Workers' compensation benefits can be a valuable tool for any employee. While nobody wants to be the victim of a work accident, work accidents and injuries do happen, and Illinois law requires that workers receive benefits to pay for their medical bills and any time of work that they may have as a result.
While workers' compensation insurance can help employers provide their employees these benefits, the sad fact is that many employers -- in a misguided attempt to improve their bottom line -- do not pay for this insurance. As a result, thousands of injured workers and their families are left reeling from the financial impact that their injuries might give them.
There are many reasons why some employers do not buy workers' compensation insurance for their employees. Sometimes companies that are struggling in this economy can't afford the insurance premiums. Other times, they forget to file for the premiums after the premium expires. However, unfortunately one of the most common reasons why there is a lack of insurance is because companies want to lower their overhead in order to be more competitive, so they end up putting their employees at risk.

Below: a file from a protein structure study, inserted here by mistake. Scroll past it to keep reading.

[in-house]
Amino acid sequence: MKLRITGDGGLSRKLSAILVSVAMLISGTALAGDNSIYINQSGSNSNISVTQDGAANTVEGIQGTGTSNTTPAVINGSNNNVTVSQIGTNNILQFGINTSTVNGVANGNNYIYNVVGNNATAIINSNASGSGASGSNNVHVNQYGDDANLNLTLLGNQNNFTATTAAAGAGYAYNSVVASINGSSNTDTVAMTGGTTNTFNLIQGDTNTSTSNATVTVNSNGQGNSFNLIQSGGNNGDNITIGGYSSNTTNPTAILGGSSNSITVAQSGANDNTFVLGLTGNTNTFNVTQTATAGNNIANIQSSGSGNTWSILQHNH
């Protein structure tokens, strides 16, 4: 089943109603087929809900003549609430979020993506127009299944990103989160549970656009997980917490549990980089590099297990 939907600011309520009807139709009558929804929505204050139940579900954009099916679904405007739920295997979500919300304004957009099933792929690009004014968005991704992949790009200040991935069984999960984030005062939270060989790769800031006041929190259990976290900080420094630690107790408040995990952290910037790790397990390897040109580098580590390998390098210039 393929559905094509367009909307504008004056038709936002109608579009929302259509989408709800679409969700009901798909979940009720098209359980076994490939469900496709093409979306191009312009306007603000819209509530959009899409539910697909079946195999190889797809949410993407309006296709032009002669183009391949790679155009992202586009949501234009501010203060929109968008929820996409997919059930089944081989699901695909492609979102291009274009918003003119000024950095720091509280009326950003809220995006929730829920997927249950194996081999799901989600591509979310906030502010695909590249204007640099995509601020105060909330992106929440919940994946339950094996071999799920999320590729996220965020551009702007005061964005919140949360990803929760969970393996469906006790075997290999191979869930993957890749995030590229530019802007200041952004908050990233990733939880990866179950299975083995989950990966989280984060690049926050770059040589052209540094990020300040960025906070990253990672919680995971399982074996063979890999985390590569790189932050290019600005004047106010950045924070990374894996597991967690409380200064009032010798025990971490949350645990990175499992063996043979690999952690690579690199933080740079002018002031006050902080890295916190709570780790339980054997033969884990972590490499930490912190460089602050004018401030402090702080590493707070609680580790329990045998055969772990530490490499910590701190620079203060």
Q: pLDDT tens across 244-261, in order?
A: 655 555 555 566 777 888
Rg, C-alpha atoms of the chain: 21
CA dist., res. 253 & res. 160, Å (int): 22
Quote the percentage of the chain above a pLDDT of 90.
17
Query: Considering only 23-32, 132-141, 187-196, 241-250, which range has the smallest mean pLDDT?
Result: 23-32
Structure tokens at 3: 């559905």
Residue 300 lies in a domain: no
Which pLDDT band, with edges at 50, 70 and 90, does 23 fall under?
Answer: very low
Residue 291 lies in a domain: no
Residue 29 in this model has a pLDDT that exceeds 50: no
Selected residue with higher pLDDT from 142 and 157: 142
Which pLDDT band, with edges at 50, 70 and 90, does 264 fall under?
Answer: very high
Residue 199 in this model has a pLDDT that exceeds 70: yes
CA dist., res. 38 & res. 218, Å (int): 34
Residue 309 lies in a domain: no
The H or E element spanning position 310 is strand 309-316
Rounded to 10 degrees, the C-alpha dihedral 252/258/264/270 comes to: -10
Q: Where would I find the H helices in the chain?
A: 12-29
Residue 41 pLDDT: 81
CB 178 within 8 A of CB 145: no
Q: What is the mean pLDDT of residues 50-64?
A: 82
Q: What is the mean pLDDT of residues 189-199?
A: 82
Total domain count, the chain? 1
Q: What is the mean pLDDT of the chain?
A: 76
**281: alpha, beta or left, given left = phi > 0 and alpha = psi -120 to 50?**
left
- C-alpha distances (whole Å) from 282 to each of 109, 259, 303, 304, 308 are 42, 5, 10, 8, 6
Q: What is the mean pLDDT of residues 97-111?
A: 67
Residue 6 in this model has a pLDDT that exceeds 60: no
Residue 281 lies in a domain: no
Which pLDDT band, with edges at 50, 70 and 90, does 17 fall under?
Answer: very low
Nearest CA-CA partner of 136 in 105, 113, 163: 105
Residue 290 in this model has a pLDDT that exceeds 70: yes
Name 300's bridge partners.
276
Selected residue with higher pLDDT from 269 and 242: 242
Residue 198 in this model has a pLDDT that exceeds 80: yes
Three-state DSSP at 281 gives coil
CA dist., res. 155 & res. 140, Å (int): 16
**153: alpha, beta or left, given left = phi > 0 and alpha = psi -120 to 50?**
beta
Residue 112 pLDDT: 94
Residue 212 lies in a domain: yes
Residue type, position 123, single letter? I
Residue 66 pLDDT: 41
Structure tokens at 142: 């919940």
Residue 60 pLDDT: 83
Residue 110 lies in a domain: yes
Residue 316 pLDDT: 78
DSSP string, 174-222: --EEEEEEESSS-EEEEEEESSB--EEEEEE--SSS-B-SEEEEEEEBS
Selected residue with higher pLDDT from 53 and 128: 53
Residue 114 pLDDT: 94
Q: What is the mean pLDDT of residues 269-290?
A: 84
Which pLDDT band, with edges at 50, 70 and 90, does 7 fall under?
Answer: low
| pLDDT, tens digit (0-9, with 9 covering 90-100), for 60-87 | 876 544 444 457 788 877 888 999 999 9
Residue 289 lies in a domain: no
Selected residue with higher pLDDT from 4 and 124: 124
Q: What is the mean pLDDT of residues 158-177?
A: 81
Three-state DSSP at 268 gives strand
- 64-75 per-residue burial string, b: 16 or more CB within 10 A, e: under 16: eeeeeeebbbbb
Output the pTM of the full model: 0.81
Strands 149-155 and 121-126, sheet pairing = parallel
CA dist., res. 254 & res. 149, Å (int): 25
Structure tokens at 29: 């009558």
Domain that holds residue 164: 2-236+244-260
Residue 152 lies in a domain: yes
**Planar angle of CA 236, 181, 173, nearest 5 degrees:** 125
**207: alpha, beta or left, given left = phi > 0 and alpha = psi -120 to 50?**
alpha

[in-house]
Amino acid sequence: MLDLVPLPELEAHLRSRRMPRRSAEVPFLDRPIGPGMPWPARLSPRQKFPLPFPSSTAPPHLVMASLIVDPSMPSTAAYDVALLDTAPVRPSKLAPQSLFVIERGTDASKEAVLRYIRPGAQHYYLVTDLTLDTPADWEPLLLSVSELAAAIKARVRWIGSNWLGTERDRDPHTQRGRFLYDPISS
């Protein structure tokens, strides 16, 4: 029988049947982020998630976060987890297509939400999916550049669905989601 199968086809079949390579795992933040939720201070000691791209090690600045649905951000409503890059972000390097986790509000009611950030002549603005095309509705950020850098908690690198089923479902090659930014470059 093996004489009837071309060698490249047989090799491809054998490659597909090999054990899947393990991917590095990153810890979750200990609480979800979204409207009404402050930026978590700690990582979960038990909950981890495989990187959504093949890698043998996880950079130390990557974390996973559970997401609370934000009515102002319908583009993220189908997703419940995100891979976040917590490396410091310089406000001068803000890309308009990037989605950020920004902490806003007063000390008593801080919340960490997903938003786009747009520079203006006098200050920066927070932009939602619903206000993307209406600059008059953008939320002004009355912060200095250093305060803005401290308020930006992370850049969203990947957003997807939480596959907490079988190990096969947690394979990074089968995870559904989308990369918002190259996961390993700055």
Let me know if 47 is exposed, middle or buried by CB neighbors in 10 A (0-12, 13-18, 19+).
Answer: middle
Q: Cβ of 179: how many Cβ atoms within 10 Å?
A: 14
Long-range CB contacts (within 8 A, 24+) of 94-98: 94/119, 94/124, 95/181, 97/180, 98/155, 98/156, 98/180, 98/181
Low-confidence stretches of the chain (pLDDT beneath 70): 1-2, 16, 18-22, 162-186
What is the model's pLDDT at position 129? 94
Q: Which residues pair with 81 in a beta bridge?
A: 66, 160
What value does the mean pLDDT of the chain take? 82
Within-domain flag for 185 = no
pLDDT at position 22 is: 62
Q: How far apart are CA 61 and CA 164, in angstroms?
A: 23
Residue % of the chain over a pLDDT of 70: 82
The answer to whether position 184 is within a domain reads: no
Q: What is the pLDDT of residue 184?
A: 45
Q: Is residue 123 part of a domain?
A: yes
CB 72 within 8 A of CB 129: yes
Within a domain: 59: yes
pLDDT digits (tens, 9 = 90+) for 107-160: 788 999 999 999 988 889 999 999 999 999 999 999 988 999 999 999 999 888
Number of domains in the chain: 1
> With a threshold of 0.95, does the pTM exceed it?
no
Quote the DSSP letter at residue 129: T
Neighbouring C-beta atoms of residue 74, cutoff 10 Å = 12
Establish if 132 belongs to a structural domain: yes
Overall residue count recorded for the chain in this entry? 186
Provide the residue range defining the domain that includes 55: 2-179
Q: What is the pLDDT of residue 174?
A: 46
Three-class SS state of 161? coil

This gamble can have perilous consequences. In one of the most dangerous fields of work, construction, often companies will risk not carrying workers' compensation insurance. In this industry, accidents can be altogether too common and many times injured workers and their families are unsure of their next steps when there is no financial benefit available to them.
By law, Illinois employers are required to pay workers' compensation costs when circumstances warrant payment, regardless of whether they have an insurance policy. Though many companies choose not to grant the payments, they risk the possibility of criminal penalties or paying heavy fines, in addition to the compensation owed to injured workers. For this reason, it is recommended that all employers make sure that they make a sincere effort to take care of their employees. In doing so, they might help an injured worker and their family, while avoiding serious penalties for breaking the law.
Source: Springfield News-Sun, "Firms face charges for skipping workers' comp payments," Cornelius Frolik, May 13, 2012